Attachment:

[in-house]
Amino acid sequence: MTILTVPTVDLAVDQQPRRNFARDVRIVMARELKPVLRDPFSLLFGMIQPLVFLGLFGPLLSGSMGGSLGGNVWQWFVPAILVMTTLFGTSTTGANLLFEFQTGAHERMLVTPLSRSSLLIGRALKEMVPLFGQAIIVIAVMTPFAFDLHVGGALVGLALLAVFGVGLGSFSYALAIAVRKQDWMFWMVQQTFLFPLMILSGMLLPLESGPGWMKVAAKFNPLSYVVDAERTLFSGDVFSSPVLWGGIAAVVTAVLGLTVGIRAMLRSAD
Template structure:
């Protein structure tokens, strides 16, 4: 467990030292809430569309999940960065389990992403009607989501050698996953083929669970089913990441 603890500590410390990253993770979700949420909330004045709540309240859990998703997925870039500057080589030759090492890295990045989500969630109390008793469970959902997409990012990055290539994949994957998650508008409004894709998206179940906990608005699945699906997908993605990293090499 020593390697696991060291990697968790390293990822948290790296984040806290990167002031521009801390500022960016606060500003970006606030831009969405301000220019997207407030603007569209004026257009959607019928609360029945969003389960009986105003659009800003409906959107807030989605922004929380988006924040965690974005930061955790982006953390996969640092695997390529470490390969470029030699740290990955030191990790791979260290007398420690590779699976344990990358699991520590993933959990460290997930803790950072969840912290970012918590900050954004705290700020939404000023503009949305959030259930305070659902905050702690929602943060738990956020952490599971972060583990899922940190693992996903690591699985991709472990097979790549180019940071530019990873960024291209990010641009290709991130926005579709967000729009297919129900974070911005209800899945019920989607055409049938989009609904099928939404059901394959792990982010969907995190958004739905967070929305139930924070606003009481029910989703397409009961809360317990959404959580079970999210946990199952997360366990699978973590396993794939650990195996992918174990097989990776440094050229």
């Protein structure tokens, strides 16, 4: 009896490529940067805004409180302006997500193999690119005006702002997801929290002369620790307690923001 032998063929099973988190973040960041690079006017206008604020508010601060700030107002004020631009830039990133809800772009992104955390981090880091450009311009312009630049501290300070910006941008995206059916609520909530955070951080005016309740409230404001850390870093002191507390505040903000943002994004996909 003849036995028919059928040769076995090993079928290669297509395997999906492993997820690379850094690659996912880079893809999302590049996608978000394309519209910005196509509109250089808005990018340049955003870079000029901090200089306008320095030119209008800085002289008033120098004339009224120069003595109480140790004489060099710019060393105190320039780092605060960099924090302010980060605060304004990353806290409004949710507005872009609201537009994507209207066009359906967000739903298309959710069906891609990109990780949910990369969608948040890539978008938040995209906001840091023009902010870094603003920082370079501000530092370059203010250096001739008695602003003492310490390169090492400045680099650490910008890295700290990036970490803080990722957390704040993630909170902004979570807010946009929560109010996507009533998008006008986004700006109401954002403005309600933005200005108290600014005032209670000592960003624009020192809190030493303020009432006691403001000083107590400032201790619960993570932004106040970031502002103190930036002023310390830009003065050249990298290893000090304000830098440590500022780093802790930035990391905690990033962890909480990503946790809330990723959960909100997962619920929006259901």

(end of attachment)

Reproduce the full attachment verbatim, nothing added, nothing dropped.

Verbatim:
[in-house]
Amino acid sequence: MTILTVPTVDLAVDQQPRRNFARDVRIVMARELKPVLRDPFSLLFGMIQPLVFLGLFGPLLSGSMGGSLGGNVWQWFVPAILVMTTLFGTSTTGANLLFEFQTGAHERMLVTPLSRSSLLIGRALKEMVPLFGQAIIVIAVMTPFAFDLHVGGALVGLALLAVFGVGLGSFSYALAIAVRKQDWMFWMVQQTFLFPLMILSGMLLPLESGPGWMKVAAKFNPLSYVVDAERTLFSGDVFSSPVLWGGIAAVVTAVLGLTVGIRAMLRSAD
Template structure:
């Protein structure tokens, strides 16, 4: 467990030292809430569309999940960065389990992403009607989501050698996953083929669970089913990441 603890500590410390990253993770979700949420909330004045709540309240859990998703997925870039500057080589030759090492890295990045989500969630109390008793469970959902997409990012990055290539994949994957998650508008409004894709998206179940906990608005699945699906997908993605990293090499 020593390697696991060291990697968790390293990822948290790296984040806290990167002031521009801390500022960016606060500003970006606030831009969405301000220019997207407030603007569209004026257009959607019928609360029945969003389960009986105003659009800003409906959107807030989605922004929380988006924040965690974005930061955790982006953390996969640092695997390529470490390969470029030699740290990955030191990790791979260290007398420690590779699976344990990358699991520590993933959990460290997930803790950072969840912290970012918590900050954004705290700020939404000023503009949305959030259930305070659902905050702690929602943060738990956020952490599971972060583990899922940190693992996903690591699985991709472990097979790549180019940071530019990873960024291209990010641009290709991130926005579709967000729009297919129900974070911005209800899945019920989607055409049938989009609904099928939404059901394959792990982010969907995190958004739905967070929305139930924070606003009481029910989703397409009961809360317990959404959580079970999210946990199952997360366990699978973590396993794939650990195996992918174990097989990776440094050229």
């Protein structure tokens, strides 16, 4: 009896490529940067805004409180302006997500193999690119005006702002997801929290002369620790307690923001 032998063929099973988190973040960041690079006017206008604020508010601060700030107002004020631009830039990133809800772009992104955390981090880091450009311009312009630049501290300070910006941008995206059916609520909530955070951080005016309740409230404001850390870093002191507390505040903000943002994004996909 003849036995028919059928040769076995090993079928290669297509395997999906492993997820690379850094690659996912880079893809999302590049996608978000394309519209910005196509509109250089808005990018340049955003870079000029901090200089306008320095030119209008800085002289008033120098004339009224120069003595109480140790004489060099710019060393105190320039780092605060960099924090302010980060605060304004990353806290409004949710507005872009609201537009994507209207066009359906967000739903298309959710069906891609990109990780949910990369969608948040890539978008938040995209906001840091023009902010870094603003920082370079501000530092370059203010250096001739008695602003003492310490390169090492400045680099650490910008890295700290990036970490803080990722957390704040993630909170902004979570807010946009929560109010996507009533998008006008986004700006109401954002403005309600933005200005108290600014005032209670000592960003624009020192809190030493303020009432006691403001000083107590400032201790619960993570932004106040970031502002103190930036002023310390830009003065050249990298290893000090304000830098440590500022780093802790930035990391905690990033962890909480990503946790809330990723959960909100997962619920929006259901």